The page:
Date: early 19th Century
Materials: leather, wood, metal
This is a leather side saddle. It was made by the Eddleman Brothers of Graham, in Young County, Texas. This saddle was ordered by Eugene Logan for his daughter Kate. He was a former Texas Ranger, and the town of Logan, NM was named after him. This saddle is made in the Western style, with two horns for more stable riding. It is of a fairly simple design and not heavily ornamented.
Side saddles have been around for a long time. Riding aside (as opposed to astride) put the female rider and her clothing on display, and illustrations showed it from 12th century onward. Earlier versions did not provide much support or much of a way for the rider to control the horse. It is thought that women were initially led by a male rider astride another horse. Women might also ride pillion, or on a padded seat, facing sideways, behind the male rider’s saddle. In the days of Queen Elizabeth I, newer designs incorporating a different style of saddle horn and a leaping pommel were developed. These innovations allowed for more control and more active riding.
The following video illustrates how a side saddle is used for jumping.
Proper posture is essential for riding sidesaddle safely. The right leg drapes over the upper pommel, with toes turned in towards the horse. The left leg, with spurs, is resting in the stirrup, under the leaping pommel. This lower pommel is what allows a rider to be able to stay mounted while jumping or riding on the hunt. The crop, or whip, held in the right hand and draped over the other side of the horse, stands in for a method to signal the horse where an astride rider would use their right leg.
There are different styles of sidesaddle, including Western and English. This particular saddle, with a heavier square leather skirt, is of the Western style of sidesaddle. It is very utilitarian, or at least as utilitarian as a side-saddle can be. A talented rider would still be able to carry out many ranch tasks on a saddle like this despite the more decorative purposes of side saddles. Though the side saddle is not as common as it once was, it has seen an increase in popularity since the 1970s in the United States.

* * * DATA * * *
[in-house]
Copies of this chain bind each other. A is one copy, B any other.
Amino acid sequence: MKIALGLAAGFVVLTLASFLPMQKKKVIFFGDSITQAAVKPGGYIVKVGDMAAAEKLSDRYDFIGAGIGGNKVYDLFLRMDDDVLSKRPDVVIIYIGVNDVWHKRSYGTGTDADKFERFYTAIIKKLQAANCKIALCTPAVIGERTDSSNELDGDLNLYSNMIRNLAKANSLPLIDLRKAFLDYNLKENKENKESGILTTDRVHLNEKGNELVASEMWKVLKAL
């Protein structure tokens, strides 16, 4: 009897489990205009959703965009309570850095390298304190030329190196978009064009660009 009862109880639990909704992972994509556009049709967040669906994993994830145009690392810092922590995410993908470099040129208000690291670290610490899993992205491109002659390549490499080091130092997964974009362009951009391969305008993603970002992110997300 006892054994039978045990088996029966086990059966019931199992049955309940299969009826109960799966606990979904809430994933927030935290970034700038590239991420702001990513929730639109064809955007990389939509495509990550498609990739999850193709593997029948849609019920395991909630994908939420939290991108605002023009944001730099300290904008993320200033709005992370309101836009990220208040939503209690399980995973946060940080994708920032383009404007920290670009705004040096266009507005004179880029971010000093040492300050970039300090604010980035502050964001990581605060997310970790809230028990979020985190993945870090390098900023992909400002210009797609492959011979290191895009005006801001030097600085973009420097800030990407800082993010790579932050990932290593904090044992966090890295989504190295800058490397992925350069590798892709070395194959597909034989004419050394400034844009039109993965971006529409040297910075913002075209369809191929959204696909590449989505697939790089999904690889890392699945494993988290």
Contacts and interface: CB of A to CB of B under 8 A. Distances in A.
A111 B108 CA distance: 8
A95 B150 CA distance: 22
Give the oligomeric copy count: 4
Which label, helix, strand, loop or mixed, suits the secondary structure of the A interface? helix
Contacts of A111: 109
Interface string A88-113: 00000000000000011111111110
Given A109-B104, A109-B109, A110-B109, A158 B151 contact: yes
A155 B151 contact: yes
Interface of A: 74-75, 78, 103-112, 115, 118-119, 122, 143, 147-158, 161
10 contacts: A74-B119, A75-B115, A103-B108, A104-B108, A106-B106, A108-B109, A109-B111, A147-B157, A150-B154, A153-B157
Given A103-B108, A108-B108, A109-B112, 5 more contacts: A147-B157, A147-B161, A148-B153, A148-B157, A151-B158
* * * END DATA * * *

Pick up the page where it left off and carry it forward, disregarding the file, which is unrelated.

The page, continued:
Riding sidesaddle had its risks. The same leaping pommel that added stability for jumping also tended to lock women into place. Men’s saddles were likely to allow them to be thrown clear of a falling horse, while the sidesaddle would tangle legs, catch on skirts and petticoats, and potentially pin the female rider under a flailing horse. It was not unknown for women to break their backs in such a fashion. The safety apron, or skirt that was open in the back and meant to cover riding breeches or jodhpurs was a bit safer, but a later invention. While riders on the East Coast tended to lean towards London fashions and prefer riding sidesaddle, West Coast and rural riders, or equestriennes, preferred to ride astride in divided skirts. Sidesaddle riding began to fall out of fashion around the same time that women earned the vote, and in many ways, riding astride started to be transformed from a symbol of the libertine, the masculine woman or a heretic, to a symbol of a liberated woman seeking freedom. [Christine Moscardini-Hall, edited by Kathryn S. McCloud]